We have had stick insects as ‘pets’ for the past six years. When we got our first one the children were all so excited and there was a long process to pick a name for her. It didn’t take long for us to discover that stick insects are so prolific that naming them all is impossible.
I think having stick insects is a wonderful science activity. As with any activity some of the children are very interested – watching the insects for long periods of time, eagerly anticipating the hatching and molting stages and more. Other children have little interest and rarely even notice their existence in our room.
The ‘baby’ stage is my personal favourite. They are cute when they first hatch although they can occasionally escape when they are that small;
I only keep a few of the eggs that are laid and even then when they hatch it sometimes seems like we may have too many. Sadly (luckily?) only a small percentage of the babies make it to adulthood and lay eggs for our next generation of insects.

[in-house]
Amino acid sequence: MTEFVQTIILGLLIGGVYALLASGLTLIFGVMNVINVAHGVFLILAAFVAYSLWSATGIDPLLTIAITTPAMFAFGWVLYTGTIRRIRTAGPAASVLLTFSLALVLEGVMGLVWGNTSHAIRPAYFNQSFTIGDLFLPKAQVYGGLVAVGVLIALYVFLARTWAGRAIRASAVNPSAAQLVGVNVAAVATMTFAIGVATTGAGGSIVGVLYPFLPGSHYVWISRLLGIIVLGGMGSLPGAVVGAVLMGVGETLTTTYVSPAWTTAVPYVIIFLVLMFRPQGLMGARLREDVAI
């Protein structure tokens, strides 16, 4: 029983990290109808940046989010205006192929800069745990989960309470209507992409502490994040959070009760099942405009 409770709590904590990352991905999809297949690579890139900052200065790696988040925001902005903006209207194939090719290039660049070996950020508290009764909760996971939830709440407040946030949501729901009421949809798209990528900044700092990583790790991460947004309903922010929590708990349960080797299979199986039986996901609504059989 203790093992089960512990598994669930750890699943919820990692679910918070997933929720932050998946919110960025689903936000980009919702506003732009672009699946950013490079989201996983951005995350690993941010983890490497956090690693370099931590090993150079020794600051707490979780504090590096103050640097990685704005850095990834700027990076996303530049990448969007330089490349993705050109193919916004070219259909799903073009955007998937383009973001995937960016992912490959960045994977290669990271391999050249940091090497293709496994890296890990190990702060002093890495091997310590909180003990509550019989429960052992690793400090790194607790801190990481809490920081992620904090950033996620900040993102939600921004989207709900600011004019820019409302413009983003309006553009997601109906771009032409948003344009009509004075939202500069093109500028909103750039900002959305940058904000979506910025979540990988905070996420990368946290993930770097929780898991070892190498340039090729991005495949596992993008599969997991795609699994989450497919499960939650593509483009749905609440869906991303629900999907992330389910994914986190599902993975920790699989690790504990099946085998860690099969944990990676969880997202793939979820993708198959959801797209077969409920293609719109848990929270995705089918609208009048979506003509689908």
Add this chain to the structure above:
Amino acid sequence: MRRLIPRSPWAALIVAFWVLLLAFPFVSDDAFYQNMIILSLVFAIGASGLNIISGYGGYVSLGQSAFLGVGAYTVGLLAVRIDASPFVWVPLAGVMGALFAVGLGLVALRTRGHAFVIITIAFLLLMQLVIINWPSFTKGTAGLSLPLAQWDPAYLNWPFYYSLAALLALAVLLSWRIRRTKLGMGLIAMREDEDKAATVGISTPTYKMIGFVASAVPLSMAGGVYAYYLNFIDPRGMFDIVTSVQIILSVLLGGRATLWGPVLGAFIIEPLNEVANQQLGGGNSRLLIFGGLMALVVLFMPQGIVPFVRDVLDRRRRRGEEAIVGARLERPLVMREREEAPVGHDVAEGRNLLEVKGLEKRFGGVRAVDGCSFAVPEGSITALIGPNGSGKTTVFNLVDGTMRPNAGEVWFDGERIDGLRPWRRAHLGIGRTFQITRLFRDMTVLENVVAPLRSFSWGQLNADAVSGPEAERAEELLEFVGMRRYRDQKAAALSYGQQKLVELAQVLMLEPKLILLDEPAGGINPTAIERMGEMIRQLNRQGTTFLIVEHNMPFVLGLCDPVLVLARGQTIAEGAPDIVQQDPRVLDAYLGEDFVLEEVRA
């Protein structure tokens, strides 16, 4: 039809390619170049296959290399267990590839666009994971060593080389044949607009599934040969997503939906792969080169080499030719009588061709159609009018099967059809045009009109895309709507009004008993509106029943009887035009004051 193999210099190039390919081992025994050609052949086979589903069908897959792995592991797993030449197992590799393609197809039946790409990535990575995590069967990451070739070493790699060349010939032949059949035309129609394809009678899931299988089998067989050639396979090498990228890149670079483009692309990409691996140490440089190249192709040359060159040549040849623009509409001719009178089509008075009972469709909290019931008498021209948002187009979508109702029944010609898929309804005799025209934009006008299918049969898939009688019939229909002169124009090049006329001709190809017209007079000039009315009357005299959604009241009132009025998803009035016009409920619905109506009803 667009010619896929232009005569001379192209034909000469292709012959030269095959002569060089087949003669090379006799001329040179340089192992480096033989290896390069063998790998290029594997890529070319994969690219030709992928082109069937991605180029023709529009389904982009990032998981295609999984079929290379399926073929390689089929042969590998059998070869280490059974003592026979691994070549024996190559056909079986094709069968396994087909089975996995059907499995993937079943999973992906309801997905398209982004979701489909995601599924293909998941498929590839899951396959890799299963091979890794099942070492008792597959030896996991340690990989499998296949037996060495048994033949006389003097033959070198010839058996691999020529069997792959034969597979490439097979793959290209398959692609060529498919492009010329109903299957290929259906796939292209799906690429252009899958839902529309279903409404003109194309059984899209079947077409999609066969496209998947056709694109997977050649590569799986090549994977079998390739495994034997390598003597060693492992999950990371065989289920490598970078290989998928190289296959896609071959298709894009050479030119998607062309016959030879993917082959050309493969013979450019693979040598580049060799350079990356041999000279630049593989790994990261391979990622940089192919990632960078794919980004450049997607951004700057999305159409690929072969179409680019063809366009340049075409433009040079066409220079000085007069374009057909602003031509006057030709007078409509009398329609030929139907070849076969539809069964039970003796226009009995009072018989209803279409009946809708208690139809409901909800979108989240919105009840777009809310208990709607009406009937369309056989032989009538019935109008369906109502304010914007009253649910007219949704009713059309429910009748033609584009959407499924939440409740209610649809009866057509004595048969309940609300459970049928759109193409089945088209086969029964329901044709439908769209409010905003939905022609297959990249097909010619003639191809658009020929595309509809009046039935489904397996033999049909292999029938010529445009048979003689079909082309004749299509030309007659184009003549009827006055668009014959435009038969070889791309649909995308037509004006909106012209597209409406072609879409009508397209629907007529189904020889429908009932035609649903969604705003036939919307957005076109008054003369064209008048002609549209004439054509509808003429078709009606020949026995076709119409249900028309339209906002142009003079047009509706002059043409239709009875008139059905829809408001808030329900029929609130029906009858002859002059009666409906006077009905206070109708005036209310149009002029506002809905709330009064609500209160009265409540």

Sometimes the little ones are hard to find when they camouflage on the sticks or on the lettuce leaf;
As they continue to grow they are easier to see but they also make more mess;
On a few occasions we have run into a problem when we have a particularly large number of insects at various stages. The adults make the cage very dirty but the numerous hatch-lings make it difficult to properly clean and keep everyone contained. If it is winter I will take the container outside briefly to clean it – cold insects are slow insects.
Last month we were at the overcrowded, filthy cage level but it wasn’t yet cold enough outside to slow them down. Then something unexpected happened. I ran out of romaine lettuce and there was NONE in the fresh produce section of the store where I was shopping. Instead of making a special trip to another store just for insect food I decided to buy a package of romaine hearts.
Back at home I tossed two leafs into the cage for the insects. The next day ALL of them were dead. A hundred + infant to adult stick insects were strewn across the bottom of the cage. I assume insecticide caused the mass extinction and I know I won’t be buying packaged romaine hearts for any reason anymore.
For the first time in six years we have no stick insects. I managed to save a few dozen eggs when I cleaned the cage but only time will tell if the insecticide affected them too 😦